Ecosystem simplification, biodiversity loss and plant virus emergence

Marilyn J. Roossinck, Fernando García-Arenal

Research output: Contribution to journalReview article

35 Citations (Scopus)

Abstract

Plant viruses can emerge into crops from wild plant hosts, or conversely from domestic (crop) plants into wild hosts. Changes in ecosystems, including loss of biodiversity and increases in managed croplands, can impact the emergence of plant virus disease. Although data are limited, in general the loss of biodiversity is thought to contribute to disease emergence. More in-depth studies have been done for human viruses, but studies with plant viruses suggest similar patterns, and indicate that simplification of ecosystems through increased human management may increase the emergence of viral diseases in crops.

Original languageEnglish (US)
Pages (from-to)56-62
Number of pages7
JournalCurrent Opinion in Virology
Volume10
DOIs
StatePublished - Jun 2015

Fingerprint

Plant Viruses
Biodiversity
Ecosystem
Virus Diseases
Plant Diseases
Viruses

All Science Journal Classification (ASJC) codes

  • Virology

Cite this

@article{8a81afd4fa1e4a2696f7fe4075820fdb,
title = "Ecosystem simplification, biodiversity loss and plant virus emergence",
abstract = "Plant viruses can emerge into crops from wild plant hosts, or conversely from domestic (crop) plants into wild hosts. Changes in ecosystems, including loss of biodiversity and increases in managed croplands, can impact the emergence of plant virus disease. Although data are limited, in general the loss of biodiversity is thought to contribute to disease emergence. More in-depth studies have been done for human viruses, but studies with plant viruses suggest similar patterns, and indicate that simplification of ecosystems through increased human management may increase the emergence of viral diseases in crops.",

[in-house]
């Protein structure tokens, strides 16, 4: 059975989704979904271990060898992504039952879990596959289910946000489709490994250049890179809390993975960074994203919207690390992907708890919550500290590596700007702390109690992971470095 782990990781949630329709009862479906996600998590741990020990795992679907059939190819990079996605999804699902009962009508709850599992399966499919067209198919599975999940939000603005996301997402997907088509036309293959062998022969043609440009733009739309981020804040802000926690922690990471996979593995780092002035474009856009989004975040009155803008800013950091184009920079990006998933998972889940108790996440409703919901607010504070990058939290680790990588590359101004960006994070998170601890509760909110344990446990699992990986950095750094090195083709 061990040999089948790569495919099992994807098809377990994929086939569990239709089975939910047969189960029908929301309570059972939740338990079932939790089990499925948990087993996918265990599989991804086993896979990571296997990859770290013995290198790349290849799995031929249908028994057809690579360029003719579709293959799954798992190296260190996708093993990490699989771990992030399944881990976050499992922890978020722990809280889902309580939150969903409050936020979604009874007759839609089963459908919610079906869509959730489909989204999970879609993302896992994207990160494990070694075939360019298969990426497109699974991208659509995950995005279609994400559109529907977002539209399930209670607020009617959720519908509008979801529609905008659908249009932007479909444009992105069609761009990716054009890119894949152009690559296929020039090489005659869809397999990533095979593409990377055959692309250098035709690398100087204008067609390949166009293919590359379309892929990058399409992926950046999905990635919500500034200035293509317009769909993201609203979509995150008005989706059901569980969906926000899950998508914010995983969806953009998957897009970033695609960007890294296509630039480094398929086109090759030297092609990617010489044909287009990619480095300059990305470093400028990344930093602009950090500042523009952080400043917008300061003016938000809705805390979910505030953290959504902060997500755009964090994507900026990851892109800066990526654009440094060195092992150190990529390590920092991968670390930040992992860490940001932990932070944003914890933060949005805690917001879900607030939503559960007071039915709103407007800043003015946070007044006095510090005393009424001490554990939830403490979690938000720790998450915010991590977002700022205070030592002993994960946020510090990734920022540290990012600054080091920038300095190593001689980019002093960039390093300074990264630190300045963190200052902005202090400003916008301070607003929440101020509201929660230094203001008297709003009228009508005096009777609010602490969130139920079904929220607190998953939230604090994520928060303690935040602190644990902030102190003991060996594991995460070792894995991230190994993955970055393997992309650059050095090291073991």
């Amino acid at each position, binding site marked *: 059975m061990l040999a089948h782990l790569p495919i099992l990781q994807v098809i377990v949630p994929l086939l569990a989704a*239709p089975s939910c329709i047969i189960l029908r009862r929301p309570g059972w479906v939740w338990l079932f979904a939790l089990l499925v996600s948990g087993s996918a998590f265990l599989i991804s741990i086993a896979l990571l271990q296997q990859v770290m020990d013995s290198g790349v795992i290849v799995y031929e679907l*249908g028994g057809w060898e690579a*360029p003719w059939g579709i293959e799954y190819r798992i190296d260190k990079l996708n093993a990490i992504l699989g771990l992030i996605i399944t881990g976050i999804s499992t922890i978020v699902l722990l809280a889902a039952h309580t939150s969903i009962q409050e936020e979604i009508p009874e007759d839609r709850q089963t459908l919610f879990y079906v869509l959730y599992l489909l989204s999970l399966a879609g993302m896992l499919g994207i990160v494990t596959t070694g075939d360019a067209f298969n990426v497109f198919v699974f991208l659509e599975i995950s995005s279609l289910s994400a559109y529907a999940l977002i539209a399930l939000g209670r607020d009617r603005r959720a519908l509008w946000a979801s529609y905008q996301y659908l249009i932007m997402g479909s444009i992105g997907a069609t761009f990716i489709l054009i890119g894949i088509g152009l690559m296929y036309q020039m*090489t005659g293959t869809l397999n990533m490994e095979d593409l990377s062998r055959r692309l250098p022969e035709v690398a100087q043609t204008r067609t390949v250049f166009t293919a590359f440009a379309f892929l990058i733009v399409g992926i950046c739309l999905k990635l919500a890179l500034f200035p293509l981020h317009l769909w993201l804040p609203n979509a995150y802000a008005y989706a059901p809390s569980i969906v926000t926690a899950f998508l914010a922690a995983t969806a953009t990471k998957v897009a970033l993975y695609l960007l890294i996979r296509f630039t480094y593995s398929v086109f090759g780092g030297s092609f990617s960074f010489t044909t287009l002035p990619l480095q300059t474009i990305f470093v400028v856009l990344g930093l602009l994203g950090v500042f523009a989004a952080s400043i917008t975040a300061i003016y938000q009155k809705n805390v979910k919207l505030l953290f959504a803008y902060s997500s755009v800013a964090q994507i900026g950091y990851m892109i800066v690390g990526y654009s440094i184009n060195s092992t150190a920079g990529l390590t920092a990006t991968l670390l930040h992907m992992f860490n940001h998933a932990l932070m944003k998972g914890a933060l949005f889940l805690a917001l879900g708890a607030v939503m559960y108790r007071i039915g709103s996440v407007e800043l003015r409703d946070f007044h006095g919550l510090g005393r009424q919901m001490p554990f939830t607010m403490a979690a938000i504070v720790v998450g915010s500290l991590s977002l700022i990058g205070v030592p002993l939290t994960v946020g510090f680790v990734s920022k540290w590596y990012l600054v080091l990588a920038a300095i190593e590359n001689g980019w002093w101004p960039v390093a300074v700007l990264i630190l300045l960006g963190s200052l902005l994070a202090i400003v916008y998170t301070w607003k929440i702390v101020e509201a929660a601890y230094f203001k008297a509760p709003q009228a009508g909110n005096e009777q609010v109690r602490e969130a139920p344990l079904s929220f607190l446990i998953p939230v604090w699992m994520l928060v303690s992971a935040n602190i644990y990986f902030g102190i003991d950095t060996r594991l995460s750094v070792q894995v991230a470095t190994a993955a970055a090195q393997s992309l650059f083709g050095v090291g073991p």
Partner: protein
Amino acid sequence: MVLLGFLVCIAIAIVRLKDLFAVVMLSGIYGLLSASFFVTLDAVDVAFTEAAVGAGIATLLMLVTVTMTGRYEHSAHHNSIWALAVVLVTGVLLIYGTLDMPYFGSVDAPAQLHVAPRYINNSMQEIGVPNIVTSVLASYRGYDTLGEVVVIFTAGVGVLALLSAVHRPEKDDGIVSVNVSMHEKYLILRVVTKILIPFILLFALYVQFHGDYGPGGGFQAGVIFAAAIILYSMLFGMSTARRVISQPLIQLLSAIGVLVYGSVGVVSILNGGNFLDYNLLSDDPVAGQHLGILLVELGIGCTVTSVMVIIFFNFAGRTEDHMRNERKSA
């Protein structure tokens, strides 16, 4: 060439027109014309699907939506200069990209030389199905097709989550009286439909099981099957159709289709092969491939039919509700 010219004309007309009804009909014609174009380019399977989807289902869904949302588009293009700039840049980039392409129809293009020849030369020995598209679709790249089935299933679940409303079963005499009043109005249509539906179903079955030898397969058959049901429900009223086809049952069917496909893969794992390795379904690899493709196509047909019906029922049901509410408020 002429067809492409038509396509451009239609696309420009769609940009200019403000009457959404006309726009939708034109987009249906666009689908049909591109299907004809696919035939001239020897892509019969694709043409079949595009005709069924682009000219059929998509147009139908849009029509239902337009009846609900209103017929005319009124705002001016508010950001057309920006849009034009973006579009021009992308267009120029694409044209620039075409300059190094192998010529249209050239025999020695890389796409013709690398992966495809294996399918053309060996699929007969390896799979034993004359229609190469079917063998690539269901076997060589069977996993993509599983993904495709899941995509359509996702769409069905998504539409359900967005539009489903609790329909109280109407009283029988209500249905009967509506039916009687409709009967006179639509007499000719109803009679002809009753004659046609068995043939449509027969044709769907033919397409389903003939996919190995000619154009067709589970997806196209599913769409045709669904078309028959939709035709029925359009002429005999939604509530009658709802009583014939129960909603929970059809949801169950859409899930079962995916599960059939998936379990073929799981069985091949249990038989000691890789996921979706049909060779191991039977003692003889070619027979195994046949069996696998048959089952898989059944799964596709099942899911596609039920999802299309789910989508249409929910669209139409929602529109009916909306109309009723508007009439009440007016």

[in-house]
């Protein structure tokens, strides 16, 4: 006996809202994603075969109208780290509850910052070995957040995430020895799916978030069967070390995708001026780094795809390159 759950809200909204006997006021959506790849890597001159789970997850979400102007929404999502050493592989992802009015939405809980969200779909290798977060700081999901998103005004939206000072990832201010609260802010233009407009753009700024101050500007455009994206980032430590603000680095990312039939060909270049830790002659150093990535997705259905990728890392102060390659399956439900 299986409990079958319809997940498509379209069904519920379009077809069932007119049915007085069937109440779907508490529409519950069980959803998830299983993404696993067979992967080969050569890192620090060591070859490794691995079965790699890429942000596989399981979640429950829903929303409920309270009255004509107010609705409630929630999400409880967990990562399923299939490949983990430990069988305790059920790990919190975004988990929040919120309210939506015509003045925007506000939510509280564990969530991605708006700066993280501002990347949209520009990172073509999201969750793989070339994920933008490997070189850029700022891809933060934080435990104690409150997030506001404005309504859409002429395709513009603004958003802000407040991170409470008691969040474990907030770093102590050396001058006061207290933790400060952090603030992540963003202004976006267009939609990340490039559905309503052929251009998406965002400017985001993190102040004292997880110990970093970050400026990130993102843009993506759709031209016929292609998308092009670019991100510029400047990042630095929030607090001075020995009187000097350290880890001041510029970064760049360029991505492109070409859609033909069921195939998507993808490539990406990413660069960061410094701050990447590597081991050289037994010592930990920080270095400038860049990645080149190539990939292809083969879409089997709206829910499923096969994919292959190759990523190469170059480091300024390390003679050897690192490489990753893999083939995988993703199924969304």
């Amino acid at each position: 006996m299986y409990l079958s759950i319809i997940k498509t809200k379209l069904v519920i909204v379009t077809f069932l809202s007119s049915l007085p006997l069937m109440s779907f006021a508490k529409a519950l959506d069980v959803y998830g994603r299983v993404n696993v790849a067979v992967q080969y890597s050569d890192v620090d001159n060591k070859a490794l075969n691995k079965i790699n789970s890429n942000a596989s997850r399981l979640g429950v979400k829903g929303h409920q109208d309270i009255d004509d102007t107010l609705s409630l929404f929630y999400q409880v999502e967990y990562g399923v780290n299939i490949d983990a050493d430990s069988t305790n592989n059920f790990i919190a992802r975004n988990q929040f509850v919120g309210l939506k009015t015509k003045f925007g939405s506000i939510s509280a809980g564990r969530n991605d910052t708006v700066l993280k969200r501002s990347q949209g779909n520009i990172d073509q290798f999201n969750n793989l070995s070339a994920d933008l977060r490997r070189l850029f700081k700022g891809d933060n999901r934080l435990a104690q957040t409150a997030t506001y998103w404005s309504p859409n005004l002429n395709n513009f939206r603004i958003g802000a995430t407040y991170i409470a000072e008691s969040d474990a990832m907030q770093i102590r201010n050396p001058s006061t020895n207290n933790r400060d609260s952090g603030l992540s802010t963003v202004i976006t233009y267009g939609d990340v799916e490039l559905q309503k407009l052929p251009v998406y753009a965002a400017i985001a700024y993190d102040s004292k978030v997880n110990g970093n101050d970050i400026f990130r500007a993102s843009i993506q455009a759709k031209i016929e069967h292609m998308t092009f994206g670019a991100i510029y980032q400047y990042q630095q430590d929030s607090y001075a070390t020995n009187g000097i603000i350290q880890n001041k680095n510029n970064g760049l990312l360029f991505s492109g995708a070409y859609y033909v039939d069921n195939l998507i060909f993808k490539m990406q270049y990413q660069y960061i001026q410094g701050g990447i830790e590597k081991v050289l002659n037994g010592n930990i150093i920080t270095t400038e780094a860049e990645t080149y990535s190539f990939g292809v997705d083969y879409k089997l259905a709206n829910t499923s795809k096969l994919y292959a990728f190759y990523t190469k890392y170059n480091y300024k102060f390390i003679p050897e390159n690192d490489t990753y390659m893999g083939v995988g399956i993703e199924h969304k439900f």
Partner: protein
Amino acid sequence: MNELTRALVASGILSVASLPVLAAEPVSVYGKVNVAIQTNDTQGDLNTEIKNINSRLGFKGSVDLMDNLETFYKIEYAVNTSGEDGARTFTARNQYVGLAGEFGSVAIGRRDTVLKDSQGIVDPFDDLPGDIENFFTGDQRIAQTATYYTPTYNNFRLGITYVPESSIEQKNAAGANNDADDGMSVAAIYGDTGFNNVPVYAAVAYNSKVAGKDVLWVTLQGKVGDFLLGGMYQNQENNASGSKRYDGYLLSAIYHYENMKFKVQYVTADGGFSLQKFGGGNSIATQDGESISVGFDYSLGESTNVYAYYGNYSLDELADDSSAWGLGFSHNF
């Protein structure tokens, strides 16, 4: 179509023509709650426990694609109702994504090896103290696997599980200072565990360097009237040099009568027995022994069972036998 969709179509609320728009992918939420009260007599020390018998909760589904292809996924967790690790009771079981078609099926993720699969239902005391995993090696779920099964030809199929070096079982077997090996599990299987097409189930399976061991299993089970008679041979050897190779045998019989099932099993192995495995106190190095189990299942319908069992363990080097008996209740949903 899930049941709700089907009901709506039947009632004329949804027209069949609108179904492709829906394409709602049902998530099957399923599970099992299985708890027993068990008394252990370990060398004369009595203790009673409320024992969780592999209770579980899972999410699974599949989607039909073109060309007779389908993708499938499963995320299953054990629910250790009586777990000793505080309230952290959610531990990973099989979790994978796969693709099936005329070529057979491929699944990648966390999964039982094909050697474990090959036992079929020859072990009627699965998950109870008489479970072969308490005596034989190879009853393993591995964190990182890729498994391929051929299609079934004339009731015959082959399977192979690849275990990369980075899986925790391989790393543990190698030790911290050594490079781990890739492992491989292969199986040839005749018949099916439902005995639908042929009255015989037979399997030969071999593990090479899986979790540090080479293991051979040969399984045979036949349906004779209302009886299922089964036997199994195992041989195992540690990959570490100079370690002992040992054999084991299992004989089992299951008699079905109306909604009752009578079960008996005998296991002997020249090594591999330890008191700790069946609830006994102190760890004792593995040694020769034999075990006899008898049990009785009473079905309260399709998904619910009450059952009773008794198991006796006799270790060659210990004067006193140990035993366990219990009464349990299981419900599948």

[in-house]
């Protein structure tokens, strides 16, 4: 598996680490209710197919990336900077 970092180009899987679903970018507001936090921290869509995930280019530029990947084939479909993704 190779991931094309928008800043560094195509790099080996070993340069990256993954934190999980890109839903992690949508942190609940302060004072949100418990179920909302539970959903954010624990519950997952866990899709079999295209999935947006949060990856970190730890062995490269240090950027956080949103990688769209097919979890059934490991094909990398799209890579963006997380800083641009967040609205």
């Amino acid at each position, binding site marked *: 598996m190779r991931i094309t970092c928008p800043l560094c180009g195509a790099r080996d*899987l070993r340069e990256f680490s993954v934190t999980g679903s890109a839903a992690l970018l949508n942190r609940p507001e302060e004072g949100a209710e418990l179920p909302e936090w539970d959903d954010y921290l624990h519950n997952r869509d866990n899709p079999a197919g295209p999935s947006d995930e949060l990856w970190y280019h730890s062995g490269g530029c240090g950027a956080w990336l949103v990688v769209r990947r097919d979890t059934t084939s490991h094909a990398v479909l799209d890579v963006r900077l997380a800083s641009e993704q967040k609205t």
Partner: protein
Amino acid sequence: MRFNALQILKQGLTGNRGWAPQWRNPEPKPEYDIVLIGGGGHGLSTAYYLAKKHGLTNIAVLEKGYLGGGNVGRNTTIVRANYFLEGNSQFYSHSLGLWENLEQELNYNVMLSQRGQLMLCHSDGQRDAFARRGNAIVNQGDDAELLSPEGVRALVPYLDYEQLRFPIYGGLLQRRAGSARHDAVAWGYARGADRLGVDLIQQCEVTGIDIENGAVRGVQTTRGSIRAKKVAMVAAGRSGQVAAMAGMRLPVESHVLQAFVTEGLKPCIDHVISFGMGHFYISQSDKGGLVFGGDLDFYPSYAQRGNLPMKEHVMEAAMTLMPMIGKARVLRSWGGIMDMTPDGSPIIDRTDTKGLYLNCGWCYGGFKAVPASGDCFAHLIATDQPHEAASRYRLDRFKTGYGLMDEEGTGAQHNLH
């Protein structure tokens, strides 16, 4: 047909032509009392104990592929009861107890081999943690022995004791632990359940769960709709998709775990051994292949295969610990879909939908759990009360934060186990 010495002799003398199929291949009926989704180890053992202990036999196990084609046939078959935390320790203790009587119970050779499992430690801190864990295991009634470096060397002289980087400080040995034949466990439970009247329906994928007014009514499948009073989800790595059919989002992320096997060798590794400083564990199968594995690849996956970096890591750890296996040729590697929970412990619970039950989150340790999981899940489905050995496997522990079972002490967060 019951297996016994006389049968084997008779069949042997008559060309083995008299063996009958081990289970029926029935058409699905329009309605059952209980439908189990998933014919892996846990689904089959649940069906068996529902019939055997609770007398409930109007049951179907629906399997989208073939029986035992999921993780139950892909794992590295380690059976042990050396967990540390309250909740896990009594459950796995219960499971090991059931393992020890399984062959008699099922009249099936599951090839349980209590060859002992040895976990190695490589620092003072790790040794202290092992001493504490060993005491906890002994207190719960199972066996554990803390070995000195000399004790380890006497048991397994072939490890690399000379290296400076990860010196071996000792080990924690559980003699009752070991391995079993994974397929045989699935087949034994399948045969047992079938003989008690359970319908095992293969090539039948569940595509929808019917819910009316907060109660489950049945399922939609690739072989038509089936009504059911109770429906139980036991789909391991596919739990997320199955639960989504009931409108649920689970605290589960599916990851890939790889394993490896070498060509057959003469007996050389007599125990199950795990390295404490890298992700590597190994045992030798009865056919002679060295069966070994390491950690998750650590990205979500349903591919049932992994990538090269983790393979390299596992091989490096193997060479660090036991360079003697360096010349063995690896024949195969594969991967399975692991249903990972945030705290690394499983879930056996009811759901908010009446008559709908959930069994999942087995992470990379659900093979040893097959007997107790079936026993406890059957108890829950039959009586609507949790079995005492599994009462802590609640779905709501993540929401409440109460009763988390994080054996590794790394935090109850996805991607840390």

author = "Roossinck, {Marilyn J.} and Fernando Garc{\'i}a-Arenal",
year = "2015",
month = "6",
doi = "10.1016/j.coviro.2015.01.005",
language = "English (US)",
volume = "10",
pages = "56--62",
journal = "Current Opinion in Virology",
issn = "1879-6257",
publisher = "Elsevier BV",

}

Ecosystem simplification, biodiversity loss and plant virus emergence. / Roossinck, Marilyn J.; García-Arenal, Fernando.

In: Current Opinion in Virology, Vol. 10, 06.2015, p. 56-62.

Research output: Contribution to journalReview article

TY - JOUR

T1 - Ecosystem simplification, biodiversity loss and plant virus emergence

AU - Roossinck, Marilyn J.

AU - García-Arenal, Fernando

PY - 2015/6

Y1 - 2015/6

N2 - Plant viruses can emerge into crops from wild plant hosts, or conversely from domestic (crop) plants into wild hosts. Changes in ecosystems, including loss of biodiversity and increases in managed croplands, can impact the emergence of plant virus disease. Although data are limited, in general the loss of biodiversity is thought to contribute to disease emergence. More in-depth studies have been done for human viruses, but studies with plant viruses suggest similar patterns, and indicate that simplification of ecosystems through increased human management may increase the emergence of viral diseases in crops.

AB - Plant viruses can emerge into crops from wild plant hosts, or conversely from domestic (crop) plants into wild hosts. Changes in ecosystems, including loss of biodiversity and increases in managed croplands, can impact the emergence of plant virus disease. Although data are limited, in general the loss of biodiversity is thought to contribute to disease emergence. More in-depth studies have been done for human viruses, but studies with plant viruses suggest similar patterns, and indicate that simplification of ecosystems through increased human management may increase the emergence of viral diseases in crops.

UR - http://www.scopus.com/inward/record.url?scp=84921978890&partnerID=8YFLogxK

UR - http://www.scopus.com/inward/citedby.url?scp=84921978890&partnerID=8YFLogxK

U2 - 10.1016/j.coviro.2015.01.005

DO - 10.1016/j.coviro.2015.01.005

M3 - Review article

C2 - 25638504

AN - SCOPUS:84921978890

VL - 10

SP - 56

EP - 62

JO - Current Opinion in Virology

JF - Current Opinion in Virology

SN - 1879-6257

ER -